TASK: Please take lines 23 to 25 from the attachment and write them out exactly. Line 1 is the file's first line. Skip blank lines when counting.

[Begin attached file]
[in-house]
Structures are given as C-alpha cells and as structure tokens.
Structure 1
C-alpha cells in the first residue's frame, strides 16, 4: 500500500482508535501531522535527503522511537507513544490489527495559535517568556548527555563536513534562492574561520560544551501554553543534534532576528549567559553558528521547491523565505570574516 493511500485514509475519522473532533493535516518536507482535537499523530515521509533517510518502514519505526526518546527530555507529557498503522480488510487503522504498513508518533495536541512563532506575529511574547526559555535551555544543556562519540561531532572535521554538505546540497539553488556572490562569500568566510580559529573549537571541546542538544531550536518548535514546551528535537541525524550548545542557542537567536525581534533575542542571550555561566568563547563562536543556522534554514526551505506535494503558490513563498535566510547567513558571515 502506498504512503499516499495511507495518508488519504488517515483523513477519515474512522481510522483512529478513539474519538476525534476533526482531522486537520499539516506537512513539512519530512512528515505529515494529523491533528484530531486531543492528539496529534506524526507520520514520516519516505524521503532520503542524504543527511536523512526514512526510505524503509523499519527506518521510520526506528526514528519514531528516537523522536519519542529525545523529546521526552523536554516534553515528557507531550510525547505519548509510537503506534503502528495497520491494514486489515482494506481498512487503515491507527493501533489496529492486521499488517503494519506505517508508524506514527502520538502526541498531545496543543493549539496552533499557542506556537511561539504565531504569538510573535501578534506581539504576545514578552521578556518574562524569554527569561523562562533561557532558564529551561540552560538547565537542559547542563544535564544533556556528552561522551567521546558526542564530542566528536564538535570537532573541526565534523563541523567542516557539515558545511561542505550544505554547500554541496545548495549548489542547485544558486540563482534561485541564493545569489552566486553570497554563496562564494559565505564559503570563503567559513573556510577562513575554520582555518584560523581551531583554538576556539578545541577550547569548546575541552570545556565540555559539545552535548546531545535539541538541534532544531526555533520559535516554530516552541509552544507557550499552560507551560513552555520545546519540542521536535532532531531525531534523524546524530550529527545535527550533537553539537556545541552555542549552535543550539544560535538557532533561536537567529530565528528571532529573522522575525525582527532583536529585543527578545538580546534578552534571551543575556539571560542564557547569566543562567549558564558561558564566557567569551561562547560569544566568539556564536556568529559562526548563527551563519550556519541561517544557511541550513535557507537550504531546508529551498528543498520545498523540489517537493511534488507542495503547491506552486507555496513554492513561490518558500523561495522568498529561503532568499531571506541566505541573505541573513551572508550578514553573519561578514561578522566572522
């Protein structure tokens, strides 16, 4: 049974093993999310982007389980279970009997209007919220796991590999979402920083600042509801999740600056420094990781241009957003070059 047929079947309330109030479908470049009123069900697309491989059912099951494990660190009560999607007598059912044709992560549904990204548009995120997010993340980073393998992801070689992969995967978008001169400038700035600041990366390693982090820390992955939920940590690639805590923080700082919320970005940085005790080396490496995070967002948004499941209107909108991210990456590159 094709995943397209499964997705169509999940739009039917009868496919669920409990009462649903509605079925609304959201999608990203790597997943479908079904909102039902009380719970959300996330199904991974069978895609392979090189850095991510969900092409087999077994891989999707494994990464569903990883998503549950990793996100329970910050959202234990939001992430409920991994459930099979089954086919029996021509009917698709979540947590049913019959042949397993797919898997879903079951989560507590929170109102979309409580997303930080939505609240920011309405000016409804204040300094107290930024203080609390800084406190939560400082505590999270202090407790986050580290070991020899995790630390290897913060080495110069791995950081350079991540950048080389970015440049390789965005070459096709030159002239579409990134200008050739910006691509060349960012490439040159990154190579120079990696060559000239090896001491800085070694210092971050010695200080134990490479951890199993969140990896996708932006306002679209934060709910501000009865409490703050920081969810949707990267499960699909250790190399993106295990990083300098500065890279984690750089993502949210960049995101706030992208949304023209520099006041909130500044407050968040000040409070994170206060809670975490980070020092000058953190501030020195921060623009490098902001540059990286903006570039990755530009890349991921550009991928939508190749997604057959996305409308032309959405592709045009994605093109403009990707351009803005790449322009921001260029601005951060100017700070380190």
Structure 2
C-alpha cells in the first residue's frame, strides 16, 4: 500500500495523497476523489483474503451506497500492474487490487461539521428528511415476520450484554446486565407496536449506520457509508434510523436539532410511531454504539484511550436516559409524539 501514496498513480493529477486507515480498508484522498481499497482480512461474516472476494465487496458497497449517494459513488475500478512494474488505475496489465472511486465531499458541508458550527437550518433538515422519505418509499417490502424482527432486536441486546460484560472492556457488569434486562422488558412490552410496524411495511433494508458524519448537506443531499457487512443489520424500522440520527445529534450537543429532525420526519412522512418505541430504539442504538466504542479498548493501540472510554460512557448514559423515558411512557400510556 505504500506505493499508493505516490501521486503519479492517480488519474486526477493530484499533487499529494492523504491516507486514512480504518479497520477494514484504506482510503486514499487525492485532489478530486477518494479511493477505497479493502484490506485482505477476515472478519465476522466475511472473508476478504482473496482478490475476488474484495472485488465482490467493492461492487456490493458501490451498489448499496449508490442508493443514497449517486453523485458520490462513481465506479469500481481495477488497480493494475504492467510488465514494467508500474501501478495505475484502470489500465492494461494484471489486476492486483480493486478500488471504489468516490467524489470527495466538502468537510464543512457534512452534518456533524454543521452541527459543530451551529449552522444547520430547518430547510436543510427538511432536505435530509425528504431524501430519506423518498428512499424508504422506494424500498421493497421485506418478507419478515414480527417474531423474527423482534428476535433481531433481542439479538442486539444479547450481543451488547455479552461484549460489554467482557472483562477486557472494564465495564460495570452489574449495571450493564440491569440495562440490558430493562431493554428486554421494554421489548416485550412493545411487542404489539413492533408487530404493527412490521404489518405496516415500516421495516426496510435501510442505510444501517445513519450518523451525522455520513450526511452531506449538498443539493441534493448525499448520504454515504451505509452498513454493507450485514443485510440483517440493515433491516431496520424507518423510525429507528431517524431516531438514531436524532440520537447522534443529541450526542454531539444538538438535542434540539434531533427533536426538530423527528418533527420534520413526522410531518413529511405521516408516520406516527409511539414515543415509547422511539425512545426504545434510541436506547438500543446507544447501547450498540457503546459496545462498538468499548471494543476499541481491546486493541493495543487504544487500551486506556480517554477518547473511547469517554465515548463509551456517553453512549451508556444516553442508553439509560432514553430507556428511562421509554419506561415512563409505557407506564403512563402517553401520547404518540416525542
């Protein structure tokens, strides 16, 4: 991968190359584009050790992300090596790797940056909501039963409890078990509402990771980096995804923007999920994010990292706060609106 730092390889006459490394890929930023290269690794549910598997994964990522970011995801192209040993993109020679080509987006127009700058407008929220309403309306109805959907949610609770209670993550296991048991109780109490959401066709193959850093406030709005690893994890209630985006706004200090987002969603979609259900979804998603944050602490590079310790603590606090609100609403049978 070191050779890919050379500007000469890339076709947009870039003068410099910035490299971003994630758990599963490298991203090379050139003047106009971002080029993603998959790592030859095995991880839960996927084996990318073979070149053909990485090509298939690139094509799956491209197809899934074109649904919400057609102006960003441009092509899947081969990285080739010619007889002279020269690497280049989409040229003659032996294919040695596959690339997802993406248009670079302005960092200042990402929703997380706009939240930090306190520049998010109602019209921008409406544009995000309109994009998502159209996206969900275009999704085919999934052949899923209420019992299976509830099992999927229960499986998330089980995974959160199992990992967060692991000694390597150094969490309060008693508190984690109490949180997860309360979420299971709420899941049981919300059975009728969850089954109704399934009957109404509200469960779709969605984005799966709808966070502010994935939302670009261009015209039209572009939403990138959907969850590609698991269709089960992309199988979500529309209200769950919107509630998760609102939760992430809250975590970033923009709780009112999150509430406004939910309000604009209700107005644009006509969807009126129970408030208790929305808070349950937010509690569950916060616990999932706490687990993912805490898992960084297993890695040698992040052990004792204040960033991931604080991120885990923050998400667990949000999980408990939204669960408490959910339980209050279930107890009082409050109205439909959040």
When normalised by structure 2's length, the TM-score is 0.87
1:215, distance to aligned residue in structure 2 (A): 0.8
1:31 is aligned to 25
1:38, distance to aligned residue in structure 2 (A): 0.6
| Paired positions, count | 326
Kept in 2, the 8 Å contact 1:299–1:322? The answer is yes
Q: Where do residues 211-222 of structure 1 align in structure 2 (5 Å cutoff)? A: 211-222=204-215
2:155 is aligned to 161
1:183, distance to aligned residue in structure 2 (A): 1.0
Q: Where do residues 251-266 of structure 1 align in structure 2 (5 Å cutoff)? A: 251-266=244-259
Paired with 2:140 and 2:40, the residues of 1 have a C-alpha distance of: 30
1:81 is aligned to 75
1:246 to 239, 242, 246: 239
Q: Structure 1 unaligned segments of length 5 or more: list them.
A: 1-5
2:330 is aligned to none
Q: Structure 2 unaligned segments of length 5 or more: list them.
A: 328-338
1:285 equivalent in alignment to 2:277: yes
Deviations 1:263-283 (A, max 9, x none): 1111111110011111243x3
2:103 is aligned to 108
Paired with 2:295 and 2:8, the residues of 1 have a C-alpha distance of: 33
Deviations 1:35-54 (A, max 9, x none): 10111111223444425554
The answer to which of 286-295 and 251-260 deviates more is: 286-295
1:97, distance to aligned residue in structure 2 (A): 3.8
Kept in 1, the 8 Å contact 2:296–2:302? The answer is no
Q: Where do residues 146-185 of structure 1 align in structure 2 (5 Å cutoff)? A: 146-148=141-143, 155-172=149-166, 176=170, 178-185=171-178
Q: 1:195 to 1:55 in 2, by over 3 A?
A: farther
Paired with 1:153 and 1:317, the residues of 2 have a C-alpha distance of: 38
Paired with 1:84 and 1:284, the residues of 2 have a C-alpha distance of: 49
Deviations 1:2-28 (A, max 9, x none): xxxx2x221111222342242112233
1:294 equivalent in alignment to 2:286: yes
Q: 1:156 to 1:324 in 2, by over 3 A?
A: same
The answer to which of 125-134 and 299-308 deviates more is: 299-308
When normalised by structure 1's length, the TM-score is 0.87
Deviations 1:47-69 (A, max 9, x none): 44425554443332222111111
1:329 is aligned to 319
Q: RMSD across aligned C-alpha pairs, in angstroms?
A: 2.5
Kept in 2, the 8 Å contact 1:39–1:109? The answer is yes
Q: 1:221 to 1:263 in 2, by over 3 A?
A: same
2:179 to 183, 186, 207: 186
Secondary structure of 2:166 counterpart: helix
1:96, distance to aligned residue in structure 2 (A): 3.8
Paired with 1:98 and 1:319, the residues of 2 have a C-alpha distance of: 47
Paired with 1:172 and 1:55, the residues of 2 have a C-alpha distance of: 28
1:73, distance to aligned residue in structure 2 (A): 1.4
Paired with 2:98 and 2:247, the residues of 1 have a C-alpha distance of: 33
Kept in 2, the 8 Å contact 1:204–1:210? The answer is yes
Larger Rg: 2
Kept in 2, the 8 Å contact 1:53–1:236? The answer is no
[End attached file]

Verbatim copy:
A: 1-5
2:330 is aligned to none
Q: Structure 2 unaligned segments of length 5 or more: list them.